By Norm Wood
November 28, 2009
Secure it, run in the direction of his blockers, find a seam and get to midfield. In Roberts' opinion, there's no reason he shouldn't be able to cut the field in half every time he touches the ball on a kickoff.
If that sounds like a lofty ambition, it probably is — especially for a guy who had a much more humble athletic goal just three years ago.
That's what Roberts hadn't been able to do in a footrace as late as his junior year at Smithfield High, when his dad, Joe, was 40 years old.
"I used to race him all the time, and he'd get me by a few steps every single time," said Roberts, who will lead No. 14 Virginia Tech today at Virginia (3-8 overall, 2-5 ACC). "I knew if I could beat my dad, that'd be something, because he's the toughest guy I've ever tried to beat. It was crazy."
He did finally catch his dad, and Roberts is catching on elsewhere these days, too. As a kickoff returner and wide receiver for Tech (8-3, 5-2), he's showing that speed along with polished skills can be a dangerous combo.
"He could always run," Joe said. "He was always the kind of kid that if he got a step on you, you weren't going to catch him. I just always stayed in great shape from being in the military, so I could stay a couple steps ahead of him. Once he caught me, I never beat him in a race again, so I said, 'OK, I'm done.' I never raced him again."
For much of the first half of this season, you'd have been hard-pressed to find a more productive kickoff returner anywhere in the nation. He opened the season with a 98-yard kickoff return for a touchdown in Tech's loss to Alabama, and went on to the lead the nation in average yards per return.
That was before teams stopped kicking to him. Before he had two returns for 49 yards last Saturday against North Carolina State, he'd had only one return in Tech's previous three games, and three returns in the previous five games.
Despite averaging 36.5 yards per return, which would currently put him second in the nation, he no longer qualifies on the national list in the category because he hasn't had enough returns. He has 13 returns this season and needs at least two today to get back in the national rankings.
"It's frustrating, but I understand it," said Roberts, a 6-foot-2, 190-pound sophomore. "There's nothing I can do about it until they start kicking to me again."
The natural approach Roberts seems to take toward kickoff returns is because of, in part, his high school experience. At Smithfield, the idea was to get the ball in Roberts' hands as often as possible.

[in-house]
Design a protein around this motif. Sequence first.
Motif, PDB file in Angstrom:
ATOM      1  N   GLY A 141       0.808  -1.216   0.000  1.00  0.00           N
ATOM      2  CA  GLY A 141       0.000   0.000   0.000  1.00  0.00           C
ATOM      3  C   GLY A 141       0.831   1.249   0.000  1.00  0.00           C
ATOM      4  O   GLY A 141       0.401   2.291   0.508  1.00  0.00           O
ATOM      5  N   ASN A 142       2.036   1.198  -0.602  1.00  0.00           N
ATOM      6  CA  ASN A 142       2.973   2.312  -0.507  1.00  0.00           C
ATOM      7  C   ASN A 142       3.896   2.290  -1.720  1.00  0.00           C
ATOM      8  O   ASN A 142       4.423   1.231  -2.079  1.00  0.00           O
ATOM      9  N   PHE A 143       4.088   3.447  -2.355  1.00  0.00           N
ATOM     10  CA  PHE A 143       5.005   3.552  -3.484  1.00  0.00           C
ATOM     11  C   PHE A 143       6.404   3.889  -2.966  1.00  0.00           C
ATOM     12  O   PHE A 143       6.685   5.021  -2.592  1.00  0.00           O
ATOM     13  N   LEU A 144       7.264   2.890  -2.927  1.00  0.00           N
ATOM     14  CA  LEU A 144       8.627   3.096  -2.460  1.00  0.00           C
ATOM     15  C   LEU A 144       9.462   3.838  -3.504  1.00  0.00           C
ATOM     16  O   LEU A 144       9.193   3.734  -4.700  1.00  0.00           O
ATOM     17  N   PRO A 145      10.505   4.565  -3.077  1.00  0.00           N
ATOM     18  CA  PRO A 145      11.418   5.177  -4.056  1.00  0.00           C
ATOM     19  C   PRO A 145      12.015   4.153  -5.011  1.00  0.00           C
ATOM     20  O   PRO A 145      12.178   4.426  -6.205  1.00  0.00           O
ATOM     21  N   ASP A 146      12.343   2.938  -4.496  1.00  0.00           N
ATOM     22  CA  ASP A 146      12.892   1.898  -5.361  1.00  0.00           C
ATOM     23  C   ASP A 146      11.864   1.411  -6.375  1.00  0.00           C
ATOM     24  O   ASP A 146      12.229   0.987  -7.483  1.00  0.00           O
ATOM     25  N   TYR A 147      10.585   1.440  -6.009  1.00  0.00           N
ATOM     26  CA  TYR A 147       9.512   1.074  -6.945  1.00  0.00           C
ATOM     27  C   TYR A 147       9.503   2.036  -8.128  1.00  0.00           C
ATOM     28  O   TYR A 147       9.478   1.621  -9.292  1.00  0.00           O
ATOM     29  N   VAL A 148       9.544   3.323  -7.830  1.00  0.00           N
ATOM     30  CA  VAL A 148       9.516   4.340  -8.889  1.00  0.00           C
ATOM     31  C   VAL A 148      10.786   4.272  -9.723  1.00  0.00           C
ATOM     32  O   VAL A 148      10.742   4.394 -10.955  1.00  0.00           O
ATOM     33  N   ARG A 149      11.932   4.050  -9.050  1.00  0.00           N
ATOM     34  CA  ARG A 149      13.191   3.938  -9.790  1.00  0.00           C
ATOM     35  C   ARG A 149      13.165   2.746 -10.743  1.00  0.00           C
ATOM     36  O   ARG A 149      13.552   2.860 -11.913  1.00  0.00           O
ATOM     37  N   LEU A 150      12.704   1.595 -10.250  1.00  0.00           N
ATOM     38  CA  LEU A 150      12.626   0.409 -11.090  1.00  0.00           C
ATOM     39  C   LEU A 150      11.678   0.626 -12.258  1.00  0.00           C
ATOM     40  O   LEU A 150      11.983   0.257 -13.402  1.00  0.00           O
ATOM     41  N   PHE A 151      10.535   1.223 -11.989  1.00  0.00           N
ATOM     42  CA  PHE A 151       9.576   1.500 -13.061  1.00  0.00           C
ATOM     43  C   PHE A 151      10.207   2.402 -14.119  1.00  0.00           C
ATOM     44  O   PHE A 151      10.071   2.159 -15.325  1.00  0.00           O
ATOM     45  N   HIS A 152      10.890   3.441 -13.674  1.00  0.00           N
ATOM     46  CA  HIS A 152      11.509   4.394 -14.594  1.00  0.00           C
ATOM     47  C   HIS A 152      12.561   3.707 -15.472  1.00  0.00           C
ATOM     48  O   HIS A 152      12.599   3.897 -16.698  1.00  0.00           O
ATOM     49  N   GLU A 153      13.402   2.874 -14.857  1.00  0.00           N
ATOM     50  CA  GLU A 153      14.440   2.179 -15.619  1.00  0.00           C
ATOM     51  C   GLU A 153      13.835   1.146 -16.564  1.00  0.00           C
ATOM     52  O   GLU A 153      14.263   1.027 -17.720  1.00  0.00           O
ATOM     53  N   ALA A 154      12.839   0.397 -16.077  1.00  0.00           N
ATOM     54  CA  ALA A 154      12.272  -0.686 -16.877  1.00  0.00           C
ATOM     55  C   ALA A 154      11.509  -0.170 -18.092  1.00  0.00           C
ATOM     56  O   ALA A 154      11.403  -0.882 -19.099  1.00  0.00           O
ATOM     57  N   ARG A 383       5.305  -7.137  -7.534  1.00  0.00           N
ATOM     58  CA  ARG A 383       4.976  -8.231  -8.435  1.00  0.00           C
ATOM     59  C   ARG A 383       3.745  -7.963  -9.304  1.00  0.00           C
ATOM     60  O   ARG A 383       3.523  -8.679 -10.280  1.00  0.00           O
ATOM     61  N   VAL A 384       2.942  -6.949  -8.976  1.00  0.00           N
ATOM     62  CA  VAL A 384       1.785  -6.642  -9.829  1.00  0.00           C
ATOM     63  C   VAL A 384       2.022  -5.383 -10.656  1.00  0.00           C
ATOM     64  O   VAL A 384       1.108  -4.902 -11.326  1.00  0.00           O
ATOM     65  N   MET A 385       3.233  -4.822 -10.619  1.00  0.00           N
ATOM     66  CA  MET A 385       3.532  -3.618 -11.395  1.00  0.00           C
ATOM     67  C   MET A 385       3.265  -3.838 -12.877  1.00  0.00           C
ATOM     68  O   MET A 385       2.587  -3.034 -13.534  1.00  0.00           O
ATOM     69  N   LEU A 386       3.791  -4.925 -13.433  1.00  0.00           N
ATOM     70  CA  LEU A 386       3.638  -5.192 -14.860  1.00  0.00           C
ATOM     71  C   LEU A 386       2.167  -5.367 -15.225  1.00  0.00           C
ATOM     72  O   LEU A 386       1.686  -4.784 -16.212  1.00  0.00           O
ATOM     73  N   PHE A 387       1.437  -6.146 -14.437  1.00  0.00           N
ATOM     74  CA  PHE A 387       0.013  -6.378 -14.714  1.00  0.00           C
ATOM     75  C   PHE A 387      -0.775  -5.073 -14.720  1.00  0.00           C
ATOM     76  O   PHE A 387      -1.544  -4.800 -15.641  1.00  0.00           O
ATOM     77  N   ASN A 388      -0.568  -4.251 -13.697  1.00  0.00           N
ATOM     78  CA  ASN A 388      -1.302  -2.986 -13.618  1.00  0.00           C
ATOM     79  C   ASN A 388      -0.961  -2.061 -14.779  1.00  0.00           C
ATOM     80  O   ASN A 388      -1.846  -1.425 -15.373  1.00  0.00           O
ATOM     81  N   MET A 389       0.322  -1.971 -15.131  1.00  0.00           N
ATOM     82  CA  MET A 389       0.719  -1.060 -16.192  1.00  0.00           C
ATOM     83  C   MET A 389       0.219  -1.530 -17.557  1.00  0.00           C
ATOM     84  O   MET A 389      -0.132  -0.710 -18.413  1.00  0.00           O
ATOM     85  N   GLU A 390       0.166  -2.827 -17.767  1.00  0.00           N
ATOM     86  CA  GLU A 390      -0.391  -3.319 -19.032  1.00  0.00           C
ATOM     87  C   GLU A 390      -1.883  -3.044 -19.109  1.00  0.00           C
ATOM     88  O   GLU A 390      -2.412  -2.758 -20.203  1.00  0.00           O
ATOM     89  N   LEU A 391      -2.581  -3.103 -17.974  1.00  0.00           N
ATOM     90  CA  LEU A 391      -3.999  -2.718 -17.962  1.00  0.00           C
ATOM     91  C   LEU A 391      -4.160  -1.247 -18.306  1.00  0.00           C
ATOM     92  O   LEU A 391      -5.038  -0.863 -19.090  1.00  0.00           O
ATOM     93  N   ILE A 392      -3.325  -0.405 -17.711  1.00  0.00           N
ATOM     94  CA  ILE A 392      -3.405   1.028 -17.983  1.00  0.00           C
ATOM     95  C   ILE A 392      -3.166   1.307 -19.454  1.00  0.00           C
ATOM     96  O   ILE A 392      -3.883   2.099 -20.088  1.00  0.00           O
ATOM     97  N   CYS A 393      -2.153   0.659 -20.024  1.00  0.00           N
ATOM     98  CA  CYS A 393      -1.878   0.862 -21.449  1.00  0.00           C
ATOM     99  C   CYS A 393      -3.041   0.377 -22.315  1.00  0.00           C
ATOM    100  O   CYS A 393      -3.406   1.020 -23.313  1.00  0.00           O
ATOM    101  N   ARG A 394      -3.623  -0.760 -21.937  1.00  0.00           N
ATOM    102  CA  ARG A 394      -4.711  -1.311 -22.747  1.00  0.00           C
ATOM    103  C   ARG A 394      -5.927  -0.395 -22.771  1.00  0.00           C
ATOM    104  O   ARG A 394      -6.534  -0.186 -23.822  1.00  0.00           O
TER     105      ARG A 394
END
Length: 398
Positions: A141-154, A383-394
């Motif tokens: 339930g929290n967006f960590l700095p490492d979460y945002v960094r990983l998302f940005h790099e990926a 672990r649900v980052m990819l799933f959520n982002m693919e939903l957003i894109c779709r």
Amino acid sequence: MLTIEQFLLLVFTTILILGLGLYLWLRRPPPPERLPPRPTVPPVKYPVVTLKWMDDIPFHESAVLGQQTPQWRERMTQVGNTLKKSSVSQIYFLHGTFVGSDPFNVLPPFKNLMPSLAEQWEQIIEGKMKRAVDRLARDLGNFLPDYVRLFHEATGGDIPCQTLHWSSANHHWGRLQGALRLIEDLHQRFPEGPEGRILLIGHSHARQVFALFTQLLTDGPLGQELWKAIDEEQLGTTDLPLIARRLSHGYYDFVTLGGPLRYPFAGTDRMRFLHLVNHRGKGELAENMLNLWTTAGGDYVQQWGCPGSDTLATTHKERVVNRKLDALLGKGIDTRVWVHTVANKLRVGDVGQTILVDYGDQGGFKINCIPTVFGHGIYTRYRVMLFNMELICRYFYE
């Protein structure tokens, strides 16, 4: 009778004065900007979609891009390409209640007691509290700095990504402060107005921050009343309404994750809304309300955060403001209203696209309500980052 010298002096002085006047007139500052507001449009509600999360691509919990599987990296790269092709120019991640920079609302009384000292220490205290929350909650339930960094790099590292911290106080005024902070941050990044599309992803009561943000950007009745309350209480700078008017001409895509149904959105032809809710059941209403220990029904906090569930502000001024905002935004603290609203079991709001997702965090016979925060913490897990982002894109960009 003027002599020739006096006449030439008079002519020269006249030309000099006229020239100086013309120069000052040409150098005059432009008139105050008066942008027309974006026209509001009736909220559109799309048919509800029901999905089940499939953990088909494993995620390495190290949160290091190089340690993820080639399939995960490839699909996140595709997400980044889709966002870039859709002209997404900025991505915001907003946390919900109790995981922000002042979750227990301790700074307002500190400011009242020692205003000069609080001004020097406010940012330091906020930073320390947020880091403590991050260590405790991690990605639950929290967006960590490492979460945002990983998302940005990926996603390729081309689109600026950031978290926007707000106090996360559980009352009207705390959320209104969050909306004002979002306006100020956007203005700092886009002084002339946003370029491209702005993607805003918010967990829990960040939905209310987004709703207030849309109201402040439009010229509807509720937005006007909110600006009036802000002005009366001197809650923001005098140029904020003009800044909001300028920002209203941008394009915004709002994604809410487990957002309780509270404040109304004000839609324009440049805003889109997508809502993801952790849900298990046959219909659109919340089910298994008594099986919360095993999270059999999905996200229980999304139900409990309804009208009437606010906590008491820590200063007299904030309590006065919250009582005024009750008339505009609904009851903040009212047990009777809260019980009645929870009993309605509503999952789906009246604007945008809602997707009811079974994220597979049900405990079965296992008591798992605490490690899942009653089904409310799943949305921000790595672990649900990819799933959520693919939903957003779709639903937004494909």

In his senior season, he played running back and gained 2,236 rushing yards. He scored 38 touchdowns, including five on special teams, and averaged 40 yards per kickoff return and 37 yards per punt return.
When he got to Tech, he had to make the challenging transition to receiver. After assuming the kickoff-return role midway through his freshman season, he was back in his element to a certain degree.
"Back there, Dyrell is a quarterback, because he has to make a call to the other returner or he has to talk to the guys in front of him about whether he's going to take it or not," said Kevin Sherman, Tech's wide-receivers coach and kickoff-return specialists coach. "He's got to know where we're trying to attack. ... You've got to see the guys in front of you, and you've got to trust your speed. If you see a crease, you've got to hit it."
While Roberts latched on to those concepts, grasping the nuances of playing receiver was a different story. Sherman said he had to start from scratch with Roberts.
"I was lost out there," Roberts said of playing receiver in his freshman season, when he had 17 catches for 227 yards. "I didn't know where I was going or what I was supposed to be doing."
Roberts' approach to receiver even looked cumbersome to his receiver teammates, all of whom had much more experience in high school at the position. Even Roberts' stance at the line of scrimmage looked funny.
"When we watch film of last year, we saw his stance was a little bit high, so (defensive backs could) get into his body a little more," Tech sophomore receiver Jarrett Boykin said. "Coming in (to Tech), reading defenses was kind of hard for us. Last year, that was kind of new."
With so much to absorb at his new position, Roberts focused on taking as many reps in practice from quarterback Tyrod Taylor as possible. Taylor threw Roberts passes that made him test what he'd learned — working to the outside and inside of the field, getting off blocks from cornerbacks and making catches with little time to adjust, catching balls in traffic.
Now, Roberts is looking more the part, and he's producing. Despite a difficult outing against N.C. State in which he dropped a couple of passes, he's still third on the team with 19 catches for 315 yards and three touchdowns.
His receiving highlight — and perhaps the highlight of Tech's season — came in a 16-15 victory against Nebraska when he stayed in front of a defender long enough in the end zone to catch an 11-yard touchdown pass from Taylor with 21 seconds left to cap the Hokies' unlikely final-minute drive.
The confidence that Roberts has always shown on kickoff returns is now on display at receiver. That's making him a target for opposing defenses, and for his quarterback.
"He feels that he can beat any defender that steps in front of him," said Taylor, a Hampton High graduate. "I know he can go out there and make a play, so I give him a chance to."